take flight

take flight


  1. an act or instance of fleeing or running away; hasty departure.


  1. put to flight, to force to flee or run away; rout: She succeeded in putting the intruder to flight.
  2. take flight, to retreat; run away; flee: The wild animals took flight before the onrushing fire.Also take to flight.


  1. the act, skill, or manner of flying
  2. a journey made by a flying animal or object
    1. a scheduled airline journey
    2. an aircraft flying on such a journey
  3. a group of flying birds or aircrafta flight of swallows
  4. the basic tactical unit of a military air force
  5. a journey through space, esp of a spacecraft
  6. rapid movement or progress
  7. a soaring mental journey above or beyond the normal everyday worlda flight of fancy
    1. a single line of hurdles across a track in a race
    2. a series of such hurdles
  8. a bird’s wing or tail feather; flight feather
  9. a feather or plastic attachment fitted to an arrow or dart to give it stability in flight
  10. See flight arrow
  11. the distance covered by a flight arrow
  12. sport, esp cricket
    1. a flighted movement imparted to a ball, dart, etc
    2. the ability to flight a ball
  13. angling a device on a spinning lure that revolves rapidly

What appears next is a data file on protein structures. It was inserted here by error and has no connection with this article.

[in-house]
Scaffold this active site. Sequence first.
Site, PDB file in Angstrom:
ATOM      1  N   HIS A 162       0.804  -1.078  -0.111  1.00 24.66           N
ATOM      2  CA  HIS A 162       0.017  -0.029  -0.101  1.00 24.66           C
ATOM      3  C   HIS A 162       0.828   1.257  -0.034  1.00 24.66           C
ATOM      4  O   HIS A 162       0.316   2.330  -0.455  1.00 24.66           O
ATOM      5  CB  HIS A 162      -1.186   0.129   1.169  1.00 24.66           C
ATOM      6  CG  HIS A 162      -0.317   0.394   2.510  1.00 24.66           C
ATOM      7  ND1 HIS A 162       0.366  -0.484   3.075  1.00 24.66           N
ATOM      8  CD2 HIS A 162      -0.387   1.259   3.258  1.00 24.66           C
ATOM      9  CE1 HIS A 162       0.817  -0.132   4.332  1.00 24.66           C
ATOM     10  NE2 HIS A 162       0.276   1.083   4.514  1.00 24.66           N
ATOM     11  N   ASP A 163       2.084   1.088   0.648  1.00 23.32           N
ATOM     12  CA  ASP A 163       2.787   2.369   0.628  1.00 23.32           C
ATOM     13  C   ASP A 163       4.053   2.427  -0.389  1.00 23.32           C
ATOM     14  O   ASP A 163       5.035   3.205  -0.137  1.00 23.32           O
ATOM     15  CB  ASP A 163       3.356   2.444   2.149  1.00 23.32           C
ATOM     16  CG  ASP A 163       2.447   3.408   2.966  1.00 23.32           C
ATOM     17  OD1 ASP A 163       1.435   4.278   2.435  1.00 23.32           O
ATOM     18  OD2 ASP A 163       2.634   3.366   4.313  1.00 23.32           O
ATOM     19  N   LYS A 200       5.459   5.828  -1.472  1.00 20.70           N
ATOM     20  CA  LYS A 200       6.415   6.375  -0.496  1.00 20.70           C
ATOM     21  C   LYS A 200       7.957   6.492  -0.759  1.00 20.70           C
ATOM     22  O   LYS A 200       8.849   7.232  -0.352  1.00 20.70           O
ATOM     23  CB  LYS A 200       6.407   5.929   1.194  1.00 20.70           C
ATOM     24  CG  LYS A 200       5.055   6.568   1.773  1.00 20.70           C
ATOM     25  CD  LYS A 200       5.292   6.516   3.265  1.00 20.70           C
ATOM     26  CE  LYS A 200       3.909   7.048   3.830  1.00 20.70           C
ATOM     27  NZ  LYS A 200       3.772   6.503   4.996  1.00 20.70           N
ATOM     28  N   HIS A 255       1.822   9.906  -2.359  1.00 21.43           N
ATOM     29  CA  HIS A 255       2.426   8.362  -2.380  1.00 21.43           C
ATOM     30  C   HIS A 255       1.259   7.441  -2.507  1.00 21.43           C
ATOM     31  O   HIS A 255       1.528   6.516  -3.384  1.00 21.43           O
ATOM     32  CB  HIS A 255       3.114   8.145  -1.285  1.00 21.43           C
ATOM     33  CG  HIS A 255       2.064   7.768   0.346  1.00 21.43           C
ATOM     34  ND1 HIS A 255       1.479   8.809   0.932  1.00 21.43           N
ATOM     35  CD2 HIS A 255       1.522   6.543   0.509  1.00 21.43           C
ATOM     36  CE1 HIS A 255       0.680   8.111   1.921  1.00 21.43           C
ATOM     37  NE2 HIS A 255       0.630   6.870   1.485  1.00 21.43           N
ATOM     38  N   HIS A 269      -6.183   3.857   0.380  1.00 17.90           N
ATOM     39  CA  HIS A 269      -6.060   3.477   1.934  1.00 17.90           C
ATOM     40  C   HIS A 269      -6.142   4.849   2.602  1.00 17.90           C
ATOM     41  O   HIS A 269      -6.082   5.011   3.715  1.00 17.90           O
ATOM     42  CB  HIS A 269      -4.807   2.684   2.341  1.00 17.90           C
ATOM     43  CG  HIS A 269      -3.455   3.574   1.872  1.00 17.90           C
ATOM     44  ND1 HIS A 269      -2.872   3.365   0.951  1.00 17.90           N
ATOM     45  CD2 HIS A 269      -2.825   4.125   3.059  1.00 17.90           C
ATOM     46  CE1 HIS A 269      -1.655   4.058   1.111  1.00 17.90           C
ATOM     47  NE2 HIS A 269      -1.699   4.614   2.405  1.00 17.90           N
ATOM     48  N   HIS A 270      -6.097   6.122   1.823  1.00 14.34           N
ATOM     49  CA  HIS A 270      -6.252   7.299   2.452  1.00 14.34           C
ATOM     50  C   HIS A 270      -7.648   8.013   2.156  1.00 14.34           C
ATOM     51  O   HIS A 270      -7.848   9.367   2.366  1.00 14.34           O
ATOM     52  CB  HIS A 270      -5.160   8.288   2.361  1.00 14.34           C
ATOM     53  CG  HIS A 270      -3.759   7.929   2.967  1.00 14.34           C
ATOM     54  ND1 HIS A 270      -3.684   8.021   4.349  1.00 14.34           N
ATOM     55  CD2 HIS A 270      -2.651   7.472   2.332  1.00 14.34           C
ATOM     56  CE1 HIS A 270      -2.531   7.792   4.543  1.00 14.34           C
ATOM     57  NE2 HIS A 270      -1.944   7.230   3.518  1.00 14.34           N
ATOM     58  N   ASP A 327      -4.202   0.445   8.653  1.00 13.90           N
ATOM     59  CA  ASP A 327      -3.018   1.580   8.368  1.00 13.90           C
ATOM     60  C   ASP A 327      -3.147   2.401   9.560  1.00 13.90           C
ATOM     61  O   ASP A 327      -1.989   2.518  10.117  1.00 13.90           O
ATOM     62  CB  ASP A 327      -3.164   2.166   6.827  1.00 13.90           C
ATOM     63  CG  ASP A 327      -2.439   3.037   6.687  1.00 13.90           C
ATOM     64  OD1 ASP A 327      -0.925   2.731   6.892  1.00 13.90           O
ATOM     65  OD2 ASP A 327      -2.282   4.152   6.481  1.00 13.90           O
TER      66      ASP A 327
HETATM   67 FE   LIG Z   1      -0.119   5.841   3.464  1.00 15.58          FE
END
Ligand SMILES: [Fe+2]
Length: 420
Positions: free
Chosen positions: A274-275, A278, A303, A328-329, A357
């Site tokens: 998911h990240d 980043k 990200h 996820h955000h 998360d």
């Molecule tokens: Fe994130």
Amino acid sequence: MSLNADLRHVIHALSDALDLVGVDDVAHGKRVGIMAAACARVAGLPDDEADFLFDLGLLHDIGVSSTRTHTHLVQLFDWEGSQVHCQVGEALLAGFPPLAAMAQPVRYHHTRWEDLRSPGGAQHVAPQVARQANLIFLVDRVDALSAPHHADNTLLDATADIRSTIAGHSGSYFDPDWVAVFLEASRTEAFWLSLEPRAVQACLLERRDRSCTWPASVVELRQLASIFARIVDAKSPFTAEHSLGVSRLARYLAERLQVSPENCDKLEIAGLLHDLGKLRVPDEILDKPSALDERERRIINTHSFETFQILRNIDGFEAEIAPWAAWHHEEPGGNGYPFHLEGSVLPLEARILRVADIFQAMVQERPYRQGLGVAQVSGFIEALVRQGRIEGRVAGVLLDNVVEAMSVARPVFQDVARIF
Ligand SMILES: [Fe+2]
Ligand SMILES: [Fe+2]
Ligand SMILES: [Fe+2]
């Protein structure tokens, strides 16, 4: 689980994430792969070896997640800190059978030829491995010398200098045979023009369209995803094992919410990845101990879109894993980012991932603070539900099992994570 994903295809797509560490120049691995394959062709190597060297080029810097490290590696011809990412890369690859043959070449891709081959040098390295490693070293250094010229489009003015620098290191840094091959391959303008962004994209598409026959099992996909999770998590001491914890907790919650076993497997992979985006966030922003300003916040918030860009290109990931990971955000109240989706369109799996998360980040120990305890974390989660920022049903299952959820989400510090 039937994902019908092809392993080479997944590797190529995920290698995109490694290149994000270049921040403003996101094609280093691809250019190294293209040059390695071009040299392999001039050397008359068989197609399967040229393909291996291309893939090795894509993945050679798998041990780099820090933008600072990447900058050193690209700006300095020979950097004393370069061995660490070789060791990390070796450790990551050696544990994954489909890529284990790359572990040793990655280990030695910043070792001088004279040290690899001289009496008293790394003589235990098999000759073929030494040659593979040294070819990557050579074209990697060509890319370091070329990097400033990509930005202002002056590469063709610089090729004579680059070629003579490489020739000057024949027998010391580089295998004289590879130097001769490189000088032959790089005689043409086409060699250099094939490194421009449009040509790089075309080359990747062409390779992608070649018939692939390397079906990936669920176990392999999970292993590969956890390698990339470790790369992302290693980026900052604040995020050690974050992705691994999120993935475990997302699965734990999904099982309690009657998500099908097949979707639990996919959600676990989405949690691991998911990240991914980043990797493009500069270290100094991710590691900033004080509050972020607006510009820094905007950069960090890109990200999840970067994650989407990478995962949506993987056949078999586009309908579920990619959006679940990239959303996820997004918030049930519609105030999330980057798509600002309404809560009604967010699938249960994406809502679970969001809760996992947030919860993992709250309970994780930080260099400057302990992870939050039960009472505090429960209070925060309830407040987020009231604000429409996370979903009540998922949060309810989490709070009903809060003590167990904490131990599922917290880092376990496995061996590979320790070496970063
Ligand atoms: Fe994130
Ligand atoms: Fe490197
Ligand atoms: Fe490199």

14. a set of steps or stairs between one landing or floor and the next
  15. a large enclosed area attached to an aviary or pigeon loft where the birds may fly but not escape


  1. (tr) sport to cause (a ball, dart, etc) to float slowly or deceptively towards its target
  2. (intr) (of wild fowl) to fly in groups
  3. (tr) to shoot (a bird) in flight
  4. (tr) to fledge (an arrow or a dart)


  1. the act of fleeing or running away, as from danger
  2. put to flight to cause to run away; rout
  3. take flight or take to flight to run away or withdraw hastily; flee

n.1“act of flying,” Old English flyht “a flying, flight,” from Proto-Germanic *flukhtiz (cf. Dutch vlucht “flight of birds,” Old Norse flugr, Old High German flug, German Flug “flight”), from root of *fleugan “to fly” (see fly (v.1)). Spelling altered late 14c. from Middle English fliht (see fight (v.)). Meaning “an instance of flight” is 1785, originally of ballooning. Meaning “series of stairs between landings” is from 1703. n.2“act of fleeing,” from Middle English fluht (c.1200), not found in Old English, but presumed to have existed. Related to Old English fleon “flee” (see flee), and cognate with Old Saxon fluht, Old Frisian flecht “act of fleeing,” Dutch vlucht, Old High German fluht, German Flucht, Old Nprse flotti, Gothic þlauhs. Also, take wing. Run away, flee, go away, as in When the militia arrived, the demonstrators took flight, or The tenant took wing before paying the rent. The first idiom derives from the earlier take one’s flight, dating from the late 1300s, and was first recorded in 1435. The variant was first recorded in 1704. In addition to the idioms beginning with flight

  • flight of fancy
  • also see:

  • put to flight
  • take flight
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